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Efforts to revive membership in British Trade Unions - Essay Example

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Efforts to revive membership in British Trade Unions

Any laxity on the side of the unions in the push to champion employee rights may lead to the uncalled fall and liquidation of initially successful trade union. It is worth acknowledging that British trade unions enjoyed the advantage of high membership registration immediately before 1979. However, this high historic clamour did not last long as the trade unions faced a tragic resignation and defection of their member. The main causes of the fall of the British trade unions were due to the high rise of unemployment due to financial crisis that resulted to a high lay-off of workers (Smith 2011). In addition, the employees were defeated by the government in their push for salary increment, an incidence used by the government to institute laws allowing the employers to sack their rebellious workers at will. Furthermore, the Labour government made depriving laws in 1974 with a move to revenge against the great miners strike by adopting the Tory anti-union laws designated to cut industrial wages. Labour government also worked hard to weaken the momentary strong shop stewards’ organization. The initial moves accomplished by the Labour government demoralized individual workers from participating in national votes thus paving way for Margret Thatcher and Tories laws insurgence to power. Upon entrance of the Conservative government into power under the umbrella of Margret Thatcher, new mechanisms were devised to reverse the defeat suffered by the employers at the hands of the trade unions. In that line, Margret started by isolating the key trade unions after which Tory anti-union laws of 1980 was adopted. Conservative government began the fight with the steel miners and the health workers in the year 1980 and then the printers in 1985 whose defeats returned to the government. In addition, there was great contest between the leaders of the various trade unions over who could lead the entire trade unions in Britain. This led to the automatic weakening of the efforts of the entire trade unions (Smith 2011). Since 1980, British trade unions have tried to regain their former stature and power with limited success. In a move to restore the initial membership of workers into the trade unions, British trade unions have adopted practical policies that have stood to bear desirable results that in reviving the image of the trade unions. According to Budd and Mumford (2001, 2), many trade unions in the British economy have adopted family friendly policies, which have led to recovery of particular trade unions. The family friendly policy entails provision of subsidized onsite day care to the workers on board. In addition, family friendly practices provide free health care services to the children of the employees. Furthermore, the family friendly services offered by the trade unions in Britain avails free meals to the onsite workers, a practice ought to increase the performances of the employees. Family friendly practices include provision of benefits that allow flexibility of the employees to tune from full time workers to balance between work and family issues. According to Budd and Mumford (2001, 3), the most critical component of benefits offered by the family friendly policy is the leave policies. Trade unions in Britain have risen to define the real areas of leave policies that apply to all workers regardless of their gender. Trade unions have fixed the leave policies to recognize maternity leave that is allowed to mothers upon delivery. The maternity in the ...Show more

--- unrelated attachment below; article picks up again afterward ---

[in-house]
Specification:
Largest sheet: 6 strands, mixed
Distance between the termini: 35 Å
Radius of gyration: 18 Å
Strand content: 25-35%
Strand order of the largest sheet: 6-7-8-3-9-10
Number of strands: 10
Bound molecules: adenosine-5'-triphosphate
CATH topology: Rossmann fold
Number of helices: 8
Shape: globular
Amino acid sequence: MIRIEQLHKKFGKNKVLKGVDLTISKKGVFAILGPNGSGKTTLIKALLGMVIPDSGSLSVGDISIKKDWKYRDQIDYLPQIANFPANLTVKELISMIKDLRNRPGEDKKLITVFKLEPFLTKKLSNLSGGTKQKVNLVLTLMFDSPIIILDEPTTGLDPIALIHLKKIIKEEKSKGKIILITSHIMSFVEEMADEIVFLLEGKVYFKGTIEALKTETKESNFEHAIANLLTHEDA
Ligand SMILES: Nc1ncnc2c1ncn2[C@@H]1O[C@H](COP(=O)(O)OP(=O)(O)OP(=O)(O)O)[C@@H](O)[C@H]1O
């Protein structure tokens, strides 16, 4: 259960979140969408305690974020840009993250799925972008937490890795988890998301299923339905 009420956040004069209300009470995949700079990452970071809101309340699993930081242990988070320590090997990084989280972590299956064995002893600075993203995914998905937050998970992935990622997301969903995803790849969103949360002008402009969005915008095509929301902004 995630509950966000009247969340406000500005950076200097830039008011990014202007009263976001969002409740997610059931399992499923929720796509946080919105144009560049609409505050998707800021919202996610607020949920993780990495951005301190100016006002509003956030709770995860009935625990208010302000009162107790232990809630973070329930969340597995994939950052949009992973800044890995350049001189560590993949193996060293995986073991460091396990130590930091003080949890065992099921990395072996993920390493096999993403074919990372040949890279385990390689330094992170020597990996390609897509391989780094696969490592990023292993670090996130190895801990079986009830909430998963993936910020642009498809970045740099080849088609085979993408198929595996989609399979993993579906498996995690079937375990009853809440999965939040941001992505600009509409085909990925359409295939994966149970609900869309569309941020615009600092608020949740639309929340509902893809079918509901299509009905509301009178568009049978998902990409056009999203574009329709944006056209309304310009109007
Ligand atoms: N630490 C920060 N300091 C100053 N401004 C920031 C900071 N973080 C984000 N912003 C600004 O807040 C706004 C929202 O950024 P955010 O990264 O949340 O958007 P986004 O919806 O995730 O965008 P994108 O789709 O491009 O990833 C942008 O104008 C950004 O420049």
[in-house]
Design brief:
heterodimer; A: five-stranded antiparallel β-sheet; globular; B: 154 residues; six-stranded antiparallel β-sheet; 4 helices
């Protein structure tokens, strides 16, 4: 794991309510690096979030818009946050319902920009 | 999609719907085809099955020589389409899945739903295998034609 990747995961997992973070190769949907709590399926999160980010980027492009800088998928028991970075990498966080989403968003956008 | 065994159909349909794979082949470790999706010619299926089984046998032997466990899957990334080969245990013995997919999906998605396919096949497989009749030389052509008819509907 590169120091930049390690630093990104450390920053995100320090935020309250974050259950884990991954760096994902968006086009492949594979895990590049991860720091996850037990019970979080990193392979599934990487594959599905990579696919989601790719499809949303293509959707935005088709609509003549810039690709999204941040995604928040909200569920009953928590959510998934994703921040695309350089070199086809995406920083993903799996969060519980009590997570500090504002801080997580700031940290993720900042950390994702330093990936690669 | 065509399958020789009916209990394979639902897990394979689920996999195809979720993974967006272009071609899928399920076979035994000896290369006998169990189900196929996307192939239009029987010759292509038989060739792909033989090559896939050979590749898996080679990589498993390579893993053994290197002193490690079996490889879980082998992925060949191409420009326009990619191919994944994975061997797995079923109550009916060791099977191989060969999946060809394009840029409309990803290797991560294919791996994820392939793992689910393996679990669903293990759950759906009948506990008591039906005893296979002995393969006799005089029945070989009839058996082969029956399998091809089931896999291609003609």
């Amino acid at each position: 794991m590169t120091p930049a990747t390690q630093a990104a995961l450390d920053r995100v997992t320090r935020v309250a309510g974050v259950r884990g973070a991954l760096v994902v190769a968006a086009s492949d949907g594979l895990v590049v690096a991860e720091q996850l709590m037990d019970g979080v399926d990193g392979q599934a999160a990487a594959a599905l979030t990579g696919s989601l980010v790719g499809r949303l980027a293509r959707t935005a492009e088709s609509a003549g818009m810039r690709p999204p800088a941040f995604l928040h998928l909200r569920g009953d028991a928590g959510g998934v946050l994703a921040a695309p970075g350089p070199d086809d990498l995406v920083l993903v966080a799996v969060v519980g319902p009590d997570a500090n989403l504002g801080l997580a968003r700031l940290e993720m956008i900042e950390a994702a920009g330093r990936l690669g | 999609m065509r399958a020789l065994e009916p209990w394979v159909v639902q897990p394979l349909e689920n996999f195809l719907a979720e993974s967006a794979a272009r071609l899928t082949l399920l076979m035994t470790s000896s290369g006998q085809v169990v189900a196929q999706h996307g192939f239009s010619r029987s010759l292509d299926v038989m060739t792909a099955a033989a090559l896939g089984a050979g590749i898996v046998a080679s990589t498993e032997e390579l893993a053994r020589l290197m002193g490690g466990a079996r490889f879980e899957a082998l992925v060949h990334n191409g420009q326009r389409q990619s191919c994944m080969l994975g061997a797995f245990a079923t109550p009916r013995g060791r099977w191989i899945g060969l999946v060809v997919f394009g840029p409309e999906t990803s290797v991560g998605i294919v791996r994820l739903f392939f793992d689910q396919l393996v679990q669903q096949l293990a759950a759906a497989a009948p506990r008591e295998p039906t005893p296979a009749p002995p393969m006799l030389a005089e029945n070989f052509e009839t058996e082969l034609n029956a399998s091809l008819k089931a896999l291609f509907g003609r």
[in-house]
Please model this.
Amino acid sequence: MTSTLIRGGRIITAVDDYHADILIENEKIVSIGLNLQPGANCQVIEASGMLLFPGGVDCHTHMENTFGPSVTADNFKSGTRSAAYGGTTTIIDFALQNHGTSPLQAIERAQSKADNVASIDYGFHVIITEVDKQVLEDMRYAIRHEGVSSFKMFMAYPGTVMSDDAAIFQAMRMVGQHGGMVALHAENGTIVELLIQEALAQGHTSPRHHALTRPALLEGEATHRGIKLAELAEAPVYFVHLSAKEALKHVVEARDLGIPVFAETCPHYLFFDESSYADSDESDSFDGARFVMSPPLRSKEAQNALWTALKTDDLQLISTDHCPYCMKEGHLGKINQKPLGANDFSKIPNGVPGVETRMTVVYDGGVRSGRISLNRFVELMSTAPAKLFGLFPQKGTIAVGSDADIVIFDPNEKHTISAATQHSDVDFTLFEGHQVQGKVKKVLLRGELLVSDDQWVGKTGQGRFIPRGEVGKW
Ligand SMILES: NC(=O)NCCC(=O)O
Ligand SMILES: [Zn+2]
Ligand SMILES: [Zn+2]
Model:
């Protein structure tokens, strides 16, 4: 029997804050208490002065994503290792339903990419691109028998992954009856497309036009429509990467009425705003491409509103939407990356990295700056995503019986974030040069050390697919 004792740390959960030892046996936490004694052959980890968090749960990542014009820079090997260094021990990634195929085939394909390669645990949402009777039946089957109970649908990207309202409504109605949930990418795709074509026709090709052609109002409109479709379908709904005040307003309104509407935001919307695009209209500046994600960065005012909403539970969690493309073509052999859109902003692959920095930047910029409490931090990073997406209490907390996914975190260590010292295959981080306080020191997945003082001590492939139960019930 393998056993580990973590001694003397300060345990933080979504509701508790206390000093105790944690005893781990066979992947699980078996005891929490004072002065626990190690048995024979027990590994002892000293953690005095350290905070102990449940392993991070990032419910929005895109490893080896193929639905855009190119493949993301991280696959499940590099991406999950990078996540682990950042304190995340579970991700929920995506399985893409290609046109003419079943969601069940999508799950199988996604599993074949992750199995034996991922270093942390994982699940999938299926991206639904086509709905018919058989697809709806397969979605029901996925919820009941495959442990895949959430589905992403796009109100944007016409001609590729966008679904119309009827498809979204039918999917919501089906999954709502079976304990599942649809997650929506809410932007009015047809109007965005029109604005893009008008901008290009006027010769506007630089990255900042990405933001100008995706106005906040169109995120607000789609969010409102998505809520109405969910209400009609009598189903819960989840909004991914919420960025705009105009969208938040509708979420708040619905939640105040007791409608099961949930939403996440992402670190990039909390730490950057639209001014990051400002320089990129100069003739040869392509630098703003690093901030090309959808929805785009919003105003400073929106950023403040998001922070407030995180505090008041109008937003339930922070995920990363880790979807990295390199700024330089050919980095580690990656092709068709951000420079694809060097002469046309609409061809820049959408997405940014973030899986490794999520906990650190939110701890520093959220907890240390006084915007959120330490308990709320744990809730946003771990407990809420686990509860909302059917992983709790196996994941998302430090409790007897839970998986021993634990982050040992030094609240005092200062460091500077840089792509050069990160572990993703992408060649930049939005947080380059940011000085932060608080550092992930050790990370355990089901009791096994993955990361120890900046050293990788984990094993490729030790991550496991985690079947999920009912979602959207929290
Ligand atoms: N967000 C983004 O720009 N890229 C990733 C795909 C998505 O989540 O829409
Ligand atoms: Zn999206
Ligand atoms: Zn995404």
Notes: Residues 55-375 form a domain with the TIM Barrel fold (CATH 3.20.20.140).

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Efforts to Revive Membership in the British Trade Unions Professor Institution Date Efforts to Revive Membership in the British Trade Unions Trade unions are important components in a business world where participants are focused on offering quality services…
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